Because the image is congruent to the original figure, then it undergoes a congruent transformation which can be a reflection, a rotation, or a translation. So, the answer is D.

Question

asked 2021-07-02

An investor plans to put $50,000 in one of four investments. The return on each investment depends on whether next year’s economy is strong or weak. The following table summarizes the possible payoffs, in dollars, for the four investments.

Certificate of deposit

Office complex

Land speculation

Technical school

amp; Strong amp;6,000 amp;15,000 amp;33,000 amp;5,500

amp; Weak amp;6,000 amp;5,000 amp;−17,000 amp;10,000

Let V, W, X, and Y denote the payoffs for the certificate of deposit, office complex, land speculation, and technical school, respectively. Then V, W, X, and Y are random variables. Assume that next year’s economy has a 40% chance of being strong and a 60% chance of being weak. a. Find the probability distribution of each random variable V, W, X, and Y. b. Determine the expected value of each random variable. c. Which investment has the best expected payoff? the worst? d. Which investment would you select? Explain.

Certificate of deposit

Office complex

Land speculation

Technical school

amp; Strong amp;6,000 amp;15,000 amp;33,000 amp;5,500

amp; Weak amp;6,000 amp;5,000 amp;−17,000 amp;10,000

Let V, W, X, and Y denote the payoffs for the certificate of deposit, office complex, land speculation, and technical school, respectively. Then V, W, X, and Y are random variables. Assume that next year’s economy has a 40% chance of being strong and a 60% chance of being weak. a. Find the probability distribution of each random variable V, W, X, and Y. b. Determine the expected value of each random variable. c. Which investment has the best expected payoff? the worst? d. Which investment would you select? Explain.

asked 2021-08-15

The game of Clue involves 6 suspects, 6 weapons, and 9 rooms.

One of each is randomly chosen and the object of the game is to guess the chosen three.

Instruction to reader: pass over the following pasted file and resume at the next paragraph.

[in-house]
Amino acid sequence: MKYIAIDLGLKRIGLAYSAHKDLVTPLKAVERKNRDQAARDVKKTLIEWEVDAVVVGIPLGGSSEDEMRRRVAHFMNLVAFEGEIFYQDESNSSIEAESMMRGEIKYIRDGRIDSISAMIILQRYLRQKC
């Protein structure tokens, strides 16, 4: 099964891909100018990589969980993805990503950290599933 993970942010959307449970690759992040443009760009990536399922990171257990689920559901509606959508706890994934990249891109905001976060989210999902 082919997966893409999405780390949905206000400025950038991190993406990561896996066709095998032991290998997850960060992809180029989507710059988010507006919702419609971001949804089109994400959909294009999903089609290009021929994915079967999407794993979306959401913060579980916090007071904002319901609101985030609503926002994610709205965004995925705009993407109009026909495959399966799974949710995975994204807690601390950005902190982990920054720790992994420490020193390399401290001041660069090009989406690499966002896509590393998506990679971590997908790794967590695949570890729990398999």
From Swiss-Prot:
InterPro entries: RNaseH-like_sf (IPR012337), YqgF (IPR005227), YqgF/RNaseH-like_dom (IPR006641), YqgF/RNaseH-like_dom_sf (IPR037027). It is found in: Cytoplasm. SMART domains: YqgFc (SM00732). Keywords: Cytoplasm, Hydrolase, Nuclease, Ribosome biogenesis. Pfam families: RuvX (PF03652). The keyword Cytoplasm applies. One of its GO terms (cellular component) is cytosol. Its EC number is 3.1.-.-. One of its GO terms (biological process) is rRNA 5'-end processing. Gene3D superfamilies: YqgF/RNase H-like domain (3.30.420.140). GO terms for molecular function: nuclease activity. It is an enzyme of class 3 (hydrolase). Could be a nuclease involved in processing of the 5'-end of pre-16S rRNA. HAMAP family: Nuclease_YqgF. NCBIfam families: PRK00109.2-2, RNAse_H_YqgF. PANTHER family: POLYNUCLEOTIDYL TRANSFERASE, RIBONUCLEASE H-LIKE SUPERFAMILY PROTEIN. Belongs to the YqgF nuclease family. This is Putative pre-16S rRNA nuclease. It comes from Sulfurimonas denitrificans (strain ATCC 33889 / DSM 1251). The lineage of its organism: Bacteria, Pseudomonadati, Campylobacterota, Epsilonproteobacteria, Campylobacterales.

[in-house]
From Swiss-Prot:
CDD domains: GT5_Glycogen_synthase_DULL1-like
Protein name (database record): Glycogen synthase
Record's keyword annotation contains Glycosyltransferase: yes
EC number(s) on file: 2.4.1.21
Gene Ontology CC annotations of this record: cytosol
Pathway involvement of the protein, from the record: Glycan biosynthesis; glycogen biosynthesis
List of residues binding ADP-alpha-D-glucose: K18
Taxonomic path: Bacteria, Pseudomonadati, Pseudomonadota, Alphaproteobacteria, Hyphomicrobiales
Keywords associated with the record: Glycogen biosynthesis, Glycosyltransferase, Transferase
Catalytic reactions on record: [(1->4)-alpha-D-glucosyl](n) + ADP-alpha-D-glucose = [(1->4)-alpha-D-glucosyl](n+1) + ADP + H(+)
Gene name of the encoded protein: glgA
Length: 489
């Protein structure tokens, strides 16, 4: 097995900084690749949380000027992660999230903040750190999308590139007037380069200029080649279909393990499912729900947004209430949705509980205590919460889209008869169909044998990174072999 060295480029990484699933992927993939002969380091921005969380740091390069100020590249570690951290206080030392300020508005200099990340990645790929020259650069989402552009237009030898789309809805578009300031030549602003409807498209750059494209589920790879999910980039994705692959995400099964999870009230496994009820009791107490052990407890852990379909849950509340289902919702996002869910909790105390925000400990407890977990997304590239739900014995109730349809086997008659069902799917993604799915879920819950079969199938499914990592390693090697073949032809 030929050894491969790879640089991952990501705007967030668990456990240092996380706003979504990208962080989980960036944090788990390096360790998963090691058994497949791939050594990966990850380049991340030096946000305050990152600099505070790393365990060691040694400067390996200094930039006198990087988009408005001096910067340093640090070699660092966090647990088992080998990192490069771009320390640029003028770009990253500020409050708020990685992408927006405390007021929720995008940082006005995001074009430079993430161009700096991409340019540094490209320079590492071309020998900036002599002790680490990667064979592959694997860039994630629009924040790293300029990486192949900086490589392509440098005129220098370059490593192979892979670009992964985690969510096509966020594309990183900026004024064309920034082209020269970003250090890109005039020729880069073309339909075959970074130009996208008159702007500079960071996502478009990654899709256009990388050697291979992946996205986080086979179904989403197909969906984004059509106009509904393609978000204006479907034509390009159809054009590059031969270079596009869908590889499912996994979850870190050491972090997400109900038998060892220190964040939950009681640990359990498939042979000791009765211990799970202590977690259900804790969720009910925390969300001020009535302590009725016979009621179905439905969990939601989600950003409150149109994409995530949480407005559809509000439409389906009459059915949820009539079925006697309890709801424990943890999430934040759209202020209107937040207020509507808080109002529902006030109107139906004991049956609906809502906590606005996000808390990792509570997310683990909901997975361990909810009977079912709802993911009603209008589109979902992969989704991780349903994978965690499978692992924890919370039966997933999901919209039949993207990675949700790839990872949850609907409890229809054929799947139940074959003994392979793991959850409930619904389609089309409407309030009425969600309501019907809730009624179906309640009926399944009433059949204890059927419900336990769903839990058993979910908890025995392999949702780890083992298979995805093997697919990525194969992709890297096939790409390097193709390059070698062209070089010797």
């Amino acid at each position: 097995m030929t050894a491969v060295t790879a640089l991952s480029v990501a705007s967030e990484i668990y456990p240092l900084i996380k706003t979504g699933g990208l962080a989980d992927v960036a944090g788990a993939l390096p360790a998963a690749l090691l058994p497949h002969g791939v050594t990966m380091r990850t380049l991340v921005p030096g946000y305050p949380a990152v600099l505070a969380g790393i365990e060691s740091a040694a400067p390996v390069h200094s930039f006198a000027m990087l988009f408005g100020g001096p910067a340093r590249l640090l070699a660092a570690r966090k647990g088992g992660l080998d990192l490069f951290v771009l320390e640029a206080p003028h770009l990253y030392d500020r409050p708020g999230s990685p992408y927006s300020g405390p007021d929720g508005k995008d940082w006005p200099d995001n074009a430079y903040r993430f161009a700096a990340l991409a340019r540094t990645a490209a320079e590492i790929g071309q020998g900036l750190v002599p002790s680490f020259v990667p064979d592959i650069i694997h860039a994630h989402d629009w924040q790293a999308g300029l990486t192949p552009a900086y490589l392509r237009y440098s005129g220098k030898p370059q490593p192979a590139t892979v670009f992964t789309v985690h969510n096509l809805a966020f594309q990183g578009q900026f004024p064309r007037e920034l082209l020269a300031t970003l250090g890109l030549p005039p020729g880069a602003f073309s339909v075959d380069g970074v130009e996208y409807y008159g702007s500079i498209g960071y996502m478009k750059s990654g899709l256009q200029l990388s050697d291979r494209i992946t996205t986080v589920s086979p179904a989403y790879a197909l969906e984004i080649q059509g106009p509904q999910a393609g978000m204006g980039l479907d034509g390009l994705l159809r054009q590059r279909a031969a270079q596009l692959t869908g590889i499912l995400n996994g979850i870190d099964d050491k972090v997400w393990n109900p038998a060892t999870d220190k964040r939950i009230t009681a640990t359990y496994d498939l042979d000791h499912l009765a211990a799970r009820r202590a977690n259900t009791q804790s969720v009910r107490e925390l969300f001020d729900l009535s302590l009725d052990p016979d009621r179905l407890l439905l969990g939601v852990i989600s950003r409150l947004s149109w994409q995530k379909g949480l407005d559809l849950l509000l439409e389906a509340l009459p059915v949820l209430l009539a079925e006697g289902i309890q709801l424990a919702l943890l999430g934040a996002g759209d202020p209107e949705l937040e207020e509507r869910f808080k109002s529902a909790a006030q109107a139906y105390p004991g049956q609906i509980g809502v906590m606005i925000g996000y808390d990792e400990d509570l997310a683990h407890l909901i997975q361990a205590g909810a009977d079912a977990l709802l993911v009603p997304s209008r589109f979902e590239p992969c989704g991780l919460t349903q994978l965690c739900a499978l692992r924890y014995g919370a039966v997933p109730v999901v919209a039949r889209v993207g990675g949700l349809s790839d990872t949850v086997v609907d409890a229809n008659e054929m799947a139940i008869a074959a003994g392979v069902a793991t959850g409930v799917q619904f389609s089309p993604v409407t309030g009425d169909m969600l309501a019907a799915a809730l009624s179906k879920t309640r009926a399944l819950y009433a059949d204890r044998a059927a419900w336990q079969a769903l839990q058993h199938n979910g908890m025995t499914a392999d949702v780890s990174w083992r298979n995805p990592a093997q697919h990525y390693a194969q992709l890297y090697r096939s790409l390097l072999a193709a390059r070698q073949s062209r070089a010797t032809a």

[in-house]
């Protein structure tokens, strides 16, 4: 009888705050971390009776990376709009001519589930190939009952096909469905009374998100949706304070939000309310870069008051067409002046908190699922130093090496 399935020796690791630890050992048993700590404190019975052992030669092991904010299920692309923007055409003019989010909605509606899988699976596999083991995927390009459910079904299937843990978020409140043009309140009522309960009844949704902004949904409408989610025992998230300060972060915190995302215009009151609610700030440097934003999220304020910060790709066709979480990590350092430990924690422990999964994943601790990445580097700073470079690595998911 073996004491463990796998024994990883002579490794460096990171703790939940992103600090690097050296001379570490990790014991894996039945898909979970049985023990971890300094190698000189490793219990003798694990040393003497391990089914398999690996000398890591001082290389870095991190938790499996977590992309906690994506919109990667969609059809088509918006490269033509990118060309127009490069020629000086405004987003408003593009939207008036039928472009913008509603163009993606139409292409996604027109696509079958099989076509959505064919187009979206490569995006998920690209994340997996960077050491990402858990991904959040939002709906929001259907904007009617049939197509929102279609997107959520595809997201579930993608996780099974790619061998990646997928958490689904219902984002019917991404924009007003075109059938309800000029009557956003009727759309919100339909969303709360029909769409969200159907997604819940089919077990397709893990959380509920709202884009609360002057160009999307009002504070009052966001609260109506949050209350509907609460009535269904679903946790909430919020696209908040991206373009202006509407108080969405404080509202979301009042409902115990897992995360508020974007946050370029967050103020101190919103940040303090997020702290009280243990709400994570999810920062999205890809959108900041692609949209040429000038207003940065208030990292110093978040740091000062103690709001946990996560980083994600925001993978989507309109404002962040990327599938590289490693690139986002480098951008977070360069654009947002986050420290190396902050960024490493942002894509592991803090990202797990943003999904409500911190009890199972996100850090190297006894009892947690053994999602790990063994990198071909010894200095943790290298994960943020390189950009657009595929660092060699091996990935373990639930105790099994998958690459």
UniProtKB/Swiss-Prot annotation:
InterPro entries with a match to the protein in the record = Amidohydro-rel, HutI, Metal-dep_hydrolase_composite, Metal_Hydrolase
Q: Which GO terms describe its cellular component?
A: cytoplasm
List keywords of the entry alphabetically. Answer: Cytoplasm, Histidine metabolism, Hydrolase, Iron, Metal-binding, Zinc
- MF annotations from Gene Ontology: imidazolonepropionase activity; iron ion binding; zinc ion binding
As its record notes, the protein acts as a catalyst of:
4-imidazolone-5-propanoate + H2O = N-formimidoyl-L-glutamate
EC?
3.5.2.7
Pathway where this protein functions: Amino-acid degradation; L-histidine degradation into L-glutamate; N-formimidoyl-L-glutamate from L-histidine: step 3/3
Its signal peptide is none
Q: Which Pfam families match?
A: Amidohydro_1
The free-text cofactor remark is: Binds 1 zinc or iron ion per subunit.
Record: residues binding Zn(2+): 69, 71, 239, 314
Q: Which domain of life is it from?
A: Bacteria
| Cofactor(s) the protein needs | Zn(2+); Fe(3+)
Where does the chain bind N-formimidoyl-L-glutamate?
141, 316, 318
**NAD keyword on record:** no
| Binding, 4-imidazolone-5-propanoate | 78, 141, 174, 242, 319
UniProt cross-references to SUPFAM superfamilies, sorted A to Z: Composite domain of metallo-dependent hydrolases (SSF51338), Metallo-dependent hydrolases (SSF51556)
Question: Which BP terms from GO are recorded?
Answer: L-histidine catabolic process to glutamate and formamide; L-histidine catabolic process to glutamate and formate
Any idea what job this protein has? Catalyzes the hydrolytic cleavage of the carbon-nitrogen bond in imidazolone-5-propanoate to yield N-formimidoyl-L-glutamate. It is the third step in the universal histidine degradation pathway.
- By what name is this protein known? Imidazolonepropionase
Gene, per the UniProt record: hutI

(a) How many solutions are possible? In one version of the game, the selection is made and then each of the players is randomly given three of the remaining cards.

Let S, W, and R be, respectively, the numbers of suspects, weapons, and rooms in the set of three cards given to a specified player. Also, let X denote the number of solutions that are possible after that player observes his or her three cards.

(b) Express X in terms of S, W, and R.

(c) Find E[X]

One of each is randomly chosen and the object of the game is to guess the chosen three.

(a) How many solutions are possible? In one version of the game, the selection is made and then each of the players is randomly given three of the remaining cards.

Let S, W, and R be, respectively, the numbers of suspects, weapons, and rooms in the set of three cards given to a specified player. Also, let X denote the number of solutions that are possible after that player observes his or her three cards.

(b) Express X in terms of S, W, and R.

(c) Find E[X]

asked 2021-08-22

The seller of a loaded die claims that it will favor the outcome 6. We don't believe that claim, and roll the die 200 times to test an appropriate hypothesis. Our P-value turns out to be 0.03. Which conclusion is appropriate? Explain.

a) There's a 3% chance that the die is fair.

b) There's a 97% chance that the die is fair.

c) There 's a 3% chance that a loaded die could randomly produce the results we observed, so it's reasonable to conclude that the die is fair.

d) There's a 3% chance that a fair die could randomly produce the results we observed, so it's reasonable to conclude that the die is loaded.

a) There's a 3% chance that the die is fair.

b) There's a 97% chance that the die is fair.

c) There 's a 3% chance that a loaded die could randomly produce the results we observed, so it's reasonable to conclude that the die is fair.

d) There's a 3% chance that a fair die could randomly produce the results we observed, so it's reasonable to conclude that the die is loaded.

asked 2021-08-15

Consider n independent sequential trials, each of which is successful with probability p. If there is a total of k successes, show that each of the

\(\displaystyle{n}\frac{!}{{{k}!{\left({n}−{k}\right)}!}}\)

possible arrangements of the k successes and n-k failures is equally likely.

\(\displaystyle{n}\frac{!}{{{k}!{\left({n}−{k}\right)}!}}\)

possible arrangements of the k successes and n-k failures is equally likely.